“Coupling” on US TV

Posted by Pierre Igot in: Society
September 24th, 2003 • 12:46 am

Apparently, a couple of TV stations in the US have decided to drop the new US version of the hit BBC2 sitcom Coupling.

The reason? The show’s racy sexual content “pushes the envelope well beyond the boundaries of our community’s standards”.

I’ve talked about this SHOW before and about the fact that the US version was already likely to be a watered-down version of the UK original. I guess this incident just confirms that a significant section of the US population still has a major problem with sexuality.

Remember that this is a SHOW that doesn’t even have nudity, let alone explicit sexual images. All the sexuality is suggested or described explicitly in the dialogue. I haven’t seen the US version, but I suspect that the sexual explicitness of the dialogue is not as high as it is in the UK version.

Yet, you get letters from outraged viewers, such as the following:

I feel that the media, especially TV, have overstepped their ethical boundaries by broadcasting shows of this nature (mainly sex, infidelity and explicit violence) during primetime television viewing,” wrote Ardys Dublinski in a letter to the Salt Lake Tribune newspaper.

So, once again, explicit violence and explicit sexuality are put in the same bag, as if their immorality were the same. (There’s no violence, sexual or otherwise, in Coupling.) And once again, sexually explicit dialogue and sexually explicit images are put in the same bag, as if they were the same.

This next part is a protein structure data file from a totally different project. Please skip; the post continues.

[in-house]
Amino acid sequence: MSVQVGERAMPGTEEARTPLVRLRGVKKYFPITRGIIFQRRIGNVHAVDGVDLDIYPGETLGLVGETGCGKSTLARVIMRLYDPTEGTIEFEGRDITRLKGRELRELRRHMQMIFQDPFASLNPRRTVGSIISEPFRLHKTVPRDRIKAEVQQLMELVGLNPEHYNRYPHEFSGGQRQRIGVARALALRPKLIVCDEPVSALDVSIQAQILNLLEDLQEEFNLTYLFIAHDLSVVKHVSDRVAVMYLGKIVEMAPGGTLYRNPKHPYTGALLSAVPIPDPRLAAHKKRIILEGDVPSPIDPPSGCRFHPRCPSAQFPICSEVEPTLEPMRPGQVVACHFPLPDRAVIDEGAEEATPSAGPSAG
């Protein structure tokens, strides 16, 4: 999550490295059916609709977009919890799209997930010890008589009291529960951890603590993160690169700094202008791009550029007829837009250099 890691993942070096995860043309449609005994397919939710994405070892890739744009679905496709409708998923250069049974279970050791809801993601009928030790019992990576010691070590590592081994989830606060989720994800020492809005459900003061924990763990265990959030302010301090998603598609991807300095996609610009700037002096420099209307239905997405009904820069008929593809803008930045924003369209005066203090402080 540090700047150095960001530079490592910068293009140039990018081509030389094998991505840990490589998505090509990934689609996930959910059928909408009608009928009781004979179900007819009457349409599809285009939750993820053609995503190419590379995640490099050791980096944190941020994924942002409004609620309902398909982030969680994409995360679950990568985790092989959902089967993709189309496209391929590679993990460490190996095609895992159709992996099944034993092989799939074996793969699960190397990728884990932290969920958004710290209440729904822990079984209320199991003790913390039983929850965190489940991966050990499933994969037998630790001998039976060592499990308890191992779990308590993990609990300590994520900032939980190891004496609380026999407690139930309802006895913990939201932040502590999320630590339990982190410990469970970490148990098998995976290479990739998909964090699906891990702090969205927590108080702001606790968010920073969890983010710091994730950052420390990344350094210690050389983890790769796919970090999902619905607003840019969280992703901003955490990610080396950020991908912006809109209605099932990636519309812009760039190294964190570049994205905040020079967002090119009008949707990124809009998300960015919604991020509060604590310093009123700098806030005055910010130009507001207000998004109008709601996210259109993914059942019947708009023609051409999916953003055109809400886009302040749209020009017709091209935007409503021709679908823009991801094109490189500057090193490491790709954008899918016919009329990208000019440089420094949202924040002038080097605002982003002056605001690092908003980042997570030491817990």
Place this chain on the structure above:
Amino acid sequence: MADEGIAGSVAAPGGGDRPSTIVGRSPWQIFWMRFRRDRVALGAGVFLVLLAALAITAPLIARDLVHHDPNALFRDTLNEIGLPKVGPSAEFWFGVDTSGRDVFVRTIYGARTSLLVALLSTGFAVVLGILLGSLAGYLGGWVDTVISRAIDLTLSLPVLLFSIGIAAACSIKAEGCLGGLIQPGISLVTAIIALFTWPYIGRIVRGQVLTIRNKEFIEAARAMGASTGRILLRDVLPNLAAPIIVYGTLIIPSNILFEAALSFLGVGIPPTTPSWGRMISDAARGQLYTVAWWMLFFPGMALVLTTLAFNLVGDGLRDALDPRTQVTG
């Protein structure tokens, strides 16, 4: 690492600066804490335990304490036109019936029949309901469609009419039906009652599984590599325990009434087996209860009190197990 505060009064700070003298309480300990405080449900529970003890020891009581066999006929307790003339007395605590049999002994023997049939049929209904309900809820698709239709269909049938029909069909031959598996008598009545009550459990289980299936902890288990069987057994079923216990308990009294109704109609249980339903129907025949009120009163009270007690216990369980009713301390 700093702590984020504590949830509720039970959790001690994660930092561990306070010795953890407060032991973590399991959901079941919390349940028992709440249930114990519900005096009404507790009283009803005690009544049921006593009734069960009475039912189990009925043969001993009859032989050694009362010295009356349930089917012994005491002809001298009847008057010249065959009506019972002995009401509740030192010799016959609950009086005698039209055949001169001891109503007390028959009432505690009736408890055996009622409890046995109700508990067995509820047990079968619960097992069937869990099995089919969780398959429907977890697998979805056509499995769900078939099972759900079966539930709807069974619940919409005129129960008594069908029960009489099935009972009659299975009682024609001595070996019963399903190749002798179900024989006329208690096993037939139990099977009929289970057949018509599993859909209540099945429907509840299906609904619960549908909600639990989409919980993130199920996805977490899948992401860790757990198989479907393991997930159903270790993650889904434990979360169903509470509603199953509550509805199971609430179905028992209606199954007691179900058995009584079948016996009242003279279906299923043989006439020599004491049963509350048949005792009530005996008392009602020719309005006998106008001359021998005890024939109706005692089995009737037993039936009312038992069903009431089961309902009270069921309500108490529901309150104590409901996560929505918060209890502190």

America really needs to grow up. There’s nothing shocking about this show. It doesn’t push any envelopes — except maybe for the levels of caricature and absurdity that can be achieved within the constraints of a pseudo-realistic sitcom.

What is really absurd is that America lets its kids watch movies with horrendous levels of explicit, graphic violence (stylized or not), yet they can’t even tolerate a few crude jokes that ultimately make fun of those characters who tell them.

One wishes for a modern, sexually enlightened, violence-free society. I guess we still have a long way to go.

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